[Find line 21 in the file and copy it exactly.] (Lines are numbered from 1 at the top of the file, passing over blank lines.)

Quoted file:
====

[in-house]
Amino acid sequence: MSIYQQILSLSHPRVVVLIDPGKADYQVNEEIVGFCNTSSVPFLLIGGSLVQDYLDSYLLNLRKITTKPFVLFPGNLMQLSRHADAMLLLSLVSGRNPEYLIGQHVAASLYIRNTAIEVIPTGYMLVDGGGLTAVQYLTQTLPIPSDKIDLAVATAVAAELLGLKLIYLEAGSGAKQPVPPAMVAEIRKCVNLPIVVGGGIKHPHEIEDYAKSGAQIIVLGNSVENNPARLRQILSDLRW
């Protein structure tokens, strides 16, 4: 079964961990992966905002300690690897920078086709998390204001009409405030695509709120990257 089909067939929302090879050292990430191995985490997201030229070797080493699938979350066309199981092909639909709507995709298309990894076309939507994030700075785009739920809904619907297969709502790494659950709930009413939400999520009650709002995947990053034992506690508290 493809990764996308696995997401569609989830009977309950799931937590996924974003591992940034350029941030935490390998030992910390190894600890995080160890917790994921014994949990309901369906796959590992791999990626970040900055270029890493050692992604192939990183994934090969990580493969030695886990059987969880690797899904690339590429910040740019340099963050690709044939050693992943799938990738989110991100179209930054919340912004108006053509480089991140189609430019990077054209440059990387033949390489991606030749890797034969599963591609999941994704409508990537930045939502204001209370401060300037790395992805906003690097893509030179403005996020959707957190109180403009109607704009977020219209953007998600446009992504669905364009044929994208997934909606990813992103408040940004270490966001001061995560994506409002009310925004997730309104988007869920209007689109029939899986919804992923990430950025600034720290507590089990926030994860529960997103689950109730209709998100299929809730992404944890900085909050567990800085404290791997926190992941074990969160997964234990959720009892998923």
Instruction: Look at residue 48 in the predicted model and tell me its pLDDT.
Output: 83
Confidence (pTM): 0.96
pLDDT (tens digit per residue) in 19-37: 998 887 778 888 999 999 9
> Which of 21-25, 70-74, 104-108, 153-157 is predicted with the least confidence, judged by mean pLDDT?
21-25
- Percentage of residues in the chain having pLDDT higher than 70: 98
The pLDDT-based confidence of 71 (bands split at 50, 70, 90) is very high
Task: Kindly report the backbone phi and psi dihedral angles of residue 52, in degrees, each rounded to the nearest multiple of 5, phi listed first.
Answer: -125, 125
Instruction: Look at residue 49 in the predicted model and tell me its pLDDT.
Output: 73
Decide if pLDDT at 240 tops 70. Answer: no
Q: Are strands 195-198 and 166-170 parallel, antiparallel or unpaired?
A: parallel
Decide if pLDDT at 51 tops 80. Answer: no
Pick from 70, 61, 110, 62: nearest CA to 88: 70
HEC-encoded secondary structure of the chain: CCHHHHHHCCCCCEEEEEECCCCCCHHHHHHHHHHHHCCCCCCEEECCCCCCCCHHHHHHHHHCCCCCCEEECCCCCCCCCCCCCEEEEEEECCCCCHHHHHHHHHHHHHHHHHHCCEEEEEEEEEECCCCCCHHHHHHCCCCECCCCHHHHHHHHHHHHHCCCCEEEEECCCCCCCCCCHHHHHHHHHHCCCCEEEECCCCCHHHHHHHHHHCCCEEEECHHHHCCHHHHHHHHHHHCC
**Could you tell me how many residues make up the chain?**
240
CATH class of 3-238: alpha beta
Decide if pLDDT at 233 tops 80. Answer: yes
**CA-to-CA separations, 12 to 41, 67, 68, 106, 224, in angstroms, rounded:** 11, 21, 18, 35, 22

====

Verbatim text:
HEC-encoded secondary structure of the chain: CCHHHHHHCCCCCEEEEEECCCCCCHHHHHHHHHHHHCCCCCCEEECCCCCCCCHHHHHHHHHCCCCCCEEECCCCCCCCCCCCCEEEEEEECCCCCHHHHHHHHHHHHHHHHHHCCEEEEEEEEEECCCCCCHHHHHHCCCCECCCCHHHHHHHHHHHHHCCCCEEEEECCCCCCCCCCHHHHHHHHHHCCCCEEEECCCCCHHHHHHHHHHCCCEEEECHHHHCCHHHHHHHHHHHCC